This article reports new empirical evidence on probabilistic polling, which asks persons to state in percent-chance terms the likelihood that they will vote and for whom. Before the 2008 presidential election, seven waves of probabilistic questions were administered biweekly to participants in the American Life Panel (ALP). Actual voting behavior was reported after the election. We find that responses to the verbal and probabilistic questions are well-aligned ordinally. Moreover, the probabilistic responses predict voting behavior beyond what is possible using verbal responses alone. The probabilistic responses have more predictive power in early August, and the verbal responses have more power in late October. However, throughout the sample period, one can predict voting behavior better using both types of responses than either one alone. Studying the longitudinal pattern of responses, we segment respondents into those who are consistently pro-Obama, consistently anti-Obama, and undecided/vacillators. Membership in the consistently pro- or anti-Obama group is an almost perfect predictor of actual voting behavior, while the undecided/vacillators group has more nuanced voting behavior. We find that treating the ALP as a panel improves predictive power: current and previous polling responses together provide more predictive power than do current responses alone.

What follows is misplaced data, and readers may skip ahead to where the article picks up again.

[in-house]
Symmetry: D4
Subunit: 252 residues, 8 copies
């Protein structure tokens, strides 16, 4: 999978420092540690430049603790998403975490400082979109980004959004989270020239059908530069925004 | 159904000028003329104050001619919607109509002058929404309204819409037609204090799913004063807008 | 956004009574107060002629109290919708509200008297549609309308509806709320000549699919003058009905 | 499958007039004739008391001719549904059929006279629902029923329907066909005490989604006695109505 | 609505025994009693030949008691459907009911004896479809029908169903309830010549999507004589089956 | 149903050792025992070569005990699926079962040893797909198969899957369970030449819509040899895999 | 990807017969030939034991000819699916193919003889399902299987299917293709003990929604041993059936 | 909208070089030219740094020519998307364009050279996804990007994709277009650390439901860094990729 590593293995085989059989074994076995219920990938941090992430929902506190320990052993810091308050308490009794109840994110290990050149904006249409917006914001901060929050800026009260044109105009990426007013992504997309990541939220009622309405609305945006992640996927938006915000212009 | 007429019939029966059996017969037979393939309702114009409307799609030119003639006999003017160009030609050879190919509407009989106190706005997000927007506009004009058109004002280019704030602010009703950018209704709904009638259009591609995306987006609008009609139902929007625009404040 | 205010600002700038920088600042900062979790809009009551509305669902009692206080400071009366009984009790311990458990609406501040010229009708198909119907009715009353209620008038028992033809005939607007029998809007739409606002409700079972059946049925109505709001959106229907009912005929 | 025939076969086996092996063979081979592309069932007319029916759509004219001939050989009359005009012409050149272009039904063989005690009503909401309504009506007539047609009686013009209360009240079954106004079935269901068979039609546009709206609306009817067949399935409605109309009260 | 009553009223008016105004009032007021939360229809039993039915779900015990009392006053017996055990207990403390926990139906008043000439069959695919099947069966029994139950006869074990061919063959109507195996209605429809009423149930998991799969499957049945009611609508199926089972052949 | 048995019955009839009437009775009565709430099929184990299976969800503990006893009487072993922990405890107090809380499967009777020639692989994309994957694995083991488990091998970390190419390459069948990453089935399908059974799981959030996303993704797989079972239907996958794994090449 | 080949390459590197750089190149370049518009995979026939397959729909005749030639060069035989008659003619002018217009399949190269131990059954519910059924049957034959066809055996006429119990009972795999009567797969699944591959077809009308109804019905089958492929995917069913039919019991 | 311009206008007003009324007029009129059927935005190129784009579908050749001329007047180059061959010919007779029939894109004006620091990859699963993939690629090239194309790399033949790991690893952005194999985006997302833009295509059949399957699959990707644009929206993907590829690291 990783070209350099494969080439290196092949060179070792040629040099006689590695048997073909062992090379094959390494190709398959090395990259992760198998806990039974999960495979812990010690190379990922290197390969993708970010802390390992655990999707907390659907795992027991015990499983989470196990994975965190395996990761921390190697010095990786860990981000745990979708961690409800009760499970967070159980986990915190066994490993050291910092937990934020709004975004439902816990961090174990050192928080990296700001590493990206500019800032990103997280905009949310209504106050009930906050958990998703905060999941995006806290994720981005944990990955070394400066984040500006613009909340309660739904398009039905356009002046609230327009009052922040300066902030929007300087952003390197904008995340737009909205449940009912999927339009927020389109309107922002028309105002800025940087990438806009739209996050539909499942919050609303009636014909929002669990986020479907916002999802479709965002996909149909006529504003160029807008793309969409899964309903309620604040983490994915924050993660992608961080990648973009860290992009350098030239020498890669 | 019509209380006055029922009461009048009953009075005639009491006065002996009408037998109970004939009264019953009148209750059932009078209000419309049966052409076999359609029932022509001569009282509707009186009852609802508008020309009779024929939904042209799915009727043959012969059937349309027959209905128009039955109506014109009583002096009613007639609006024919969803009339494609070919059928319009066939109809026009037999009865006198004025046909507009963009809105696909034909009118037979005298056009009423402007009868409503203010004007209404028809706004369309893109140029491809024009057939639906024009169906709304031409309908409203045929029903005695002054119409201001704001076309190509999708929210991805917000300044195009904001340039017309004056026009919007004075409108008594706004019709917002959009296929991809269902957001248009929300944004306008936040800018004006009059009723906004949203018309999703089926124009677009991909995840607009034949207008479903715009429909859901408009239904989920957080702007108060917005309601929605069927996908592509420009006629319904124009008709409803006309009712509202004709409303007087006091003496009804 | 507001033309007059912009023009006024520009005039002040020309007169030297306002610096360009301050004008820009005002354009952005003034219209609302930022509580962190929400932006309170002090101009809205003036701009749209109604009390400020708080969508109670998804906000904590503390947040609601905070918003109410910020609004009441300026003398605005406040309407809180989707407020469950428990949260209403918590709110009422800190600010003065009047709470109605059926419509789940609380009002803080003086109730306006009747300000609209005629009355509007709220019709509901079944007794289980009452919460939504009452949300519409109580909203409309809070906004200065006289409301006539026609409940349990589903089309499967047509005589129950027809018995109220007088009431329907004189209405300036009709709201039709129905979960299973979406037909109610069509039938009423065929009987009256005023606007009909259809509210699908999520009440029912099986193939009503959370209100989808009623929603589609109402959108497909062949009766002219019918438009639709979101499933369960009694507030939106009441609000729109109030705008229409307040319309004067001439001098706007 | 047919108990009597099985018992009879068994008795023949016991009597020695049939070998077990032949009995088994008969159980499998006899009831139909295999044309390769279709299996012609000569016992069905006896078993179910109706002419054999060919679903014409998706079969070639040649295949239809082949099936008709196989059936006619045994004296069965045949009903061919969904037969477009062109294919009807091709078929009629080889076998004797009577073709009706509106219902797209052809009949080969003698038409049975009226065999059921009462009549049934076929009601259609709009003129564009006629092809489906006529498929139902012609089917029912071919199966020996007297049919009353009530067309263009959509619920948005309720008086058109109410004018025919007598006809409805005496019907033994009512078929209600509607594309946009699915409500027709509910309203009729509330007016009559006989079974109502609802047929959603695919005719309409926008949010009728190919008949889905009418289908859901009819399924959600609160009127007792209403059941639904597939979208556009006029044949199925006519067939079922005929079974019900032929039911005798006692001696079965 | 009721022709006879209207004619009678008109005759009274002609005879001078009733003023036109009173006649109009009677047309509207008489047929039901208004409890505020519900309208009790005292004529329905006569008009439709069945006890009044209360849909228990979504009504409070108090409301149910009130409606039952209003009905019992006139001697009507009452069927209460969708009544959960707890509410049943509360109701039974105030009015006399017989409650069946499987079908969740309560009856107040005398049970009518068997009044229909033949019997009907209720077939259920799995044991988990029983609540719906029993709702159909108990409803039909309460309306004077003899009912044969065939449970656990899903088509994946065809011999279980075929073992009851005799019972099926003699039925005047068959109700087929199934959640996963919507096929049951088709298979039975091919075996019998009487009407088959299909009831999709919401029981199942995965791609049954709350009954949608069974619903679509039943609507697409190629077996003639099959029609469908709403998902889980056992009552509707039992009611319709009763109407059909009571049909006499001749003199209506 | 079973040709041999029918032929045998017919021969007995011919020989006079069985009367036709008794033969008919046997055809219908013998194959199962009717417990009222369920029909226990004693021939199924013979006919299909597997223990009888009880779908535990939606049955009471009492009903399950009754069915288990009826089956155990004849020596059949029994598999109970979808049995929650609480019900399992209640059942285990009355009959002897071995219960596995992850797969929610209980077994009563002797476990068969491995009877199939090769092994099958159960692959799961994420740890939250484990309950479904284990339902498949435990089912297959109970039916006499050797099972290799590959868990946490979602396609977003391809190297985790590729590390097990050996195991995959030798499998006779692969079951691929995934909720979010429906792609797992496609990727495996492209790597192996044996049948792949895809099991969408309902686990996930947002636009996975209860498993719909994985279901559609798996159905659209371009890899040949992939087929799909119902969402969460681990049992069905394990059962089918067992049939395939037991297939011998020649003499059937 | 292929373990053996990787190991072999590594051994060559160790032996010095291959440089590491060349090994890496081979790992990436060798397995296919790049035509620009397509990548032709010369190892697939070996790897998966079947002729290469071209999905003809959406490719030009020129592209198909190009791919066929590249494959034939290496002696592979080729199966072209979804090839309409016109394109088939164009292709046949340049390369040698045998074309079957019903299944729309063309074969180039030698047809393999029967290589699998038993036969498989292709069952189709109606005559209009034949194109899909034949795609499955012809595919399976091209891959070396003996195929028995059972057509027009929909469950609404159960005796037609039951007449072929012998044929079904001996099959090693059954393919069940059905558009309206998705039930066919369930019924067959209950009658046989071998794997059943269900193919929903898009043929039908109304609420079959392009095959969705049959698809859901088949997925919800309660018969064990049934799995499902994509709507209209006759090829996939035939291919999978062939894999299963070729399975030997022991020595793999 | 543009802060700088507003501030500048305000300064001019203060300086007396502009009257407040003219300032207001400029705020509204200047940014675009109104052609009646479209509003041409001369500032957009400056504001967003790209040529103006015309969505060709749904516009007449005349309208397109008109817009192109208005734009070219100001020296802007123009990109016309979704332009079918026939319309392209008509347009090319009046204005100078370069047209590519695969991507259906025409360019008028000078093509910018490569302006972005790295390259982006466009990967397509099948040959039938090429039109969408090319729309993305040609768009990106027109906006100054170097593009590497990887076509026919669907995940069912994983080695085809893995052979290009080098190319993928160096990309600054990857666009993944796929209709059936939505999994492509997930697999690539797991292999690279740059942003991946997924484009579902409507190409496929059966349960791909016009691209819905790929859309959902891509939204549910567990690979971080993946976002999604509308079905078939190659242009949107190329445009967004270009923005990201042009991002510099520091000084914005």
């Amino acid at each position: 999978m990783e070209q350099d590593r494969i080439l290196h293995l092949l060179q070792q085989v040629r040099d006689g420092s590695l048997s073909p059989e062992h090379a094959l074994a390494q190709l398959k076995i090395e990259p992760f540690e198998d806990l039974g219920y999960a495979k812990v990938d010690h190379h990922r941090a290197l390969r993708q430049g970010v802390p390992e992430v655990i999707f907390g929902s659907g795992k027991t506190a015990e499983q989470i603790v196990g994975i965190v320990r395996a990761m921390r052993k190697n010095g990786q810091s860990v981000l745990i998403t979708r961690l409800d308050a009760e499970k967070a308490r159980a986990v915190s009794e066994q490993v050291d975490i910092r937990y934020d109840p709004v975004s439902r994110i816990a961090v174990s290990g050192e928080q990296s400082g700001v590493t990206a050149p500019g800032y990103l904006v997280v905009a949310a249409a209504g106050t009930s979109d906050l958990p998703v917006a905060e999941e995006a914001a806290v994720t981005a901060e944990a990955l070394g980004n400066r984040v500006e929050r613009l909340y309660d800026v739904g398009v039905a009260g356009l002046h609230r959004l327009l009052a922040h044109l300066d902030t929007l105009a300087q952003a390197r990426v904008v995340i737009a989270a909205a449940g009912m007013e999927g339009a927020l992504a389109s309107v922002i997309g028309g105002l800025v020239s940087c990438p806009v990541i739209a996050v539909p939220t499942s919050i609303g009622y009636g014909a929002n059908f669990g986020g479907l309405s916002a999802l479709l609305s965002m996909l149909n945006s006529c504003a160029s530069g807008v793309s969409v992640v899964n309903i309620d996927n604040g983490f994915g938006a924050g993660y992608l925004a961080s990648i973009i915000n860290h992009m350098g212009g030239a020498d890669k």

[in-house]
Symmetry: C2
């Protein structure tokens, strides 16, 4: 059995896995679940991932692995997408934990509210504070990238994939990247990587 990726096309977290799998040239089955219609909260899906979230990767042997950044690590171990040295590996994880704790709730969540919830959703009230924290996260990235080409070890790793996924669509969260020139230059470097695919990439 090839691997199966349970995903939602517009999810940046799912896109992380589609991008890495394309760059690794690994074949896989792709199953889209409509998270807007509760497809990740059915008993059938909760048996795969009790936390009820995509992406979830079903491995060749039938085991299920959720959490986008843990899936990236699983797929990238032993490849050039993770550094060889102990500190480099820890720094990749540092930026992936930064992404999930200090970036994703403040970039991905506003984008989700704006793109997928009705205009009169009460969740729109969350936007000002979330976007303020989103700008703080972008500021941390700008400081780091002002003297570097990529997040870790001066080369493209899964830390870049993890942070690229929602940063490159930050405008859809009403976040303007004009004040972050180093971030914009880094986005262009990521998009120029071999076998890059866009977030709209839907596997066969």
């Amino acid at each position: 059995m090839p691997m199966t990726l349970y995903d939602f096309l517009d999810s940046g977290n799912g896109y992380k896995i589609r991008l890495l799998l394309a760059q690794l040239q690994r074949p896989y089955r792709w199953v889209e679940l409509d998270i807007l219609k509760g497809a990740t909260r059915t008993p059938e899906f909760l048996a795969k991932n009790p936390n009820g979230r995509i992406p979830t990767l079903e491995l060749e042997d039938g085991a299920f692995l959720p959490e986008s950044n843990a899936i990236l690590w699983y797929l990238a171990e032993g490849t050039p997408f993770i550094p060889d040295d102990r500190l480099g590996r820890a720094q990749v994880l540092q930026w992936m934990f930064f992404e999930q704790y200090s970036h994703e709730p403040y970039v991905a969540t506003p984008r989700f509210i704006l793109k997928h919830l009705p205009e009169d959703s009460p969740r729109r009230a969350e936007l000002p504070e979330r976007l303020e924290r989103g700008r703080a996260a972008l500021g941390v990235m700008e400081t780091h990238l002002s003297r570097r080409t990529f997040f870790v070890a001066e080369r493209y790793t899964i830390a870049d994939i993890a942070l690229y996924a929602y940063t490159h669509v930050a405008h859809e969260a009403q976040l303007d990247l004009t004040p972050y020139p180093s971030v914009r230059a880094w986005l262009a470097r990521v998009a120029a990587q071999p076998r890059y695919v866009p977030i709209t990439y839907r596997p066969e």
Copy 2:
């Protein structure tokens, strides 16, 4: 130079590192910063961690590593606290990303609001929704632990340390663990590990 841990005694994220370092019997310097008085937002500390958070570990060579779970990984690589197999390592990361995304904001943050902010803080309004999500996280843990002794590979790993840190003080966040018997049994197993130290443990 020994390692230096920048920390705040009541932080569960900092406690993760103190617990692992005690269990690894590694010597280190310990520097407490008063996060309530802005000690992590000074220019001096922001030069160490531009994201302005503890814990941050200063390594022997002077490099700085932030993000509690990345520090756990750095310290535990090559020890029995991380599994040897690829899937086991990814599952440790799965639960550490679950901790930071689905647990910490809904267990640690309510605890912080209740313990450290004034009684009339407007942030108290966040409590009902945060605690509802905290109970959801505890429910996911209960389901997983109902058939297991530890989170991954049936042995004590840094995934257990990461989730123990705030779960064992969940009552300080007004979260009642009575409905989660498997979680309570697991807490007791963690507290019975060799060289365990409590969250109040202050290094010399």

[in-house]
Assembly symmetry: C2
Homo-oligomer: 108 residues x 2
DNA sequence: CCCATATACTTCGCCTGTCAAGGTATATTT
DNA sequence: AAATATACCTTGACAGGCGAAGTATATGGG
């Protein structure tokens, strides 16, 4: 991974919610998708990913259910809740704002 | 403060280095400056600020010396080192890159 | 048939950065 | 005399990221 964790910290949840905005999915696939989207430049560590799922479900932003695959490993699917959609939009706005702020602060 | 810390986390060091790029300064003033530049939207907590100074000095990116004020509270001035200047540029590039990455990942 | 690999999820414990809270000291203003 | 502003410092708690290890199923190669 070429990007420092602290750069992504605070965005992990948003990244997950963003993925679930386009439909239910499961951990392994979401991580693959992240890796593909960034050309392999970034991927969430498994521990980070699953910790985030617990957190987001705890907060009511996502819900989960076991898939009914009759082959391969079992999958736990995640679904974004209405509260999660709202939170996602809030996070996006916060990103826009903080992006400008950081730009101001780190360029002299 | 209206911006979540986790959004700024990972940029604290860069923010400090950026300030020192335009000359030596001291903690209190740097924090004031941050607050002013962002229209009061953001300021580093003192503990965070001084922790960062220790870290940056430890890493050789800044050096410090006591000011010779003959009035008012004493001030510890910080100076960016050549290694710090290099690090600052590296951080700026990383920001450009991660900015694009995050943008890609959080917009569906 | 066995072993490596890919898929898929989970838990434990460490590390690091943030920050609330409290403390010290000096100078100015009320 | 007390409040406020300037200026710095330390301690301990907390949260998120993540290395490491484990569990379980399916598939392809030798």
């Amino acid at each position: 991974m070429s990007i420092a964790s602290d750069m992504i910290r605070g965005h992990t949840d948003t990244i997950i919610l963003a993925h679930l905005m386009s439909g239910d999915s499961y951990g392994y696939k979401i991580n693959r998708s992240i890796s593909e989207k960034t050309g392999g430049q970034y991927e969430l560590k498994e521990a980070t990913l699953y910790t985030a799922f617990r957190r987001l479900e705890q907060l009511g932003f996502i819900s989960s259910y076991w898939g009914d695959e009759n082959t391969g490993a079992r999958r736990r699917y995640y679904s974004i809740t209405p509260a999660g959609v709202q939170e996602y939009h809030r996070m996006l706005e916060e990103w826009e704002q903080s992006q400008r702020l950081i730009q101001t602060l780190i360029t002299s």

The Effect of Question Framing and Response Options on the Relationship between Racial Attitudes and Beliefs about Genes as Causes of Behavior

Eleanor Singer, Mick P. Couper, Trivellore E. Raghunathan, Toni C. Antonucci, Margit Burmeister and John Van Hoewyk

 

September 2010

 

ABSTRACT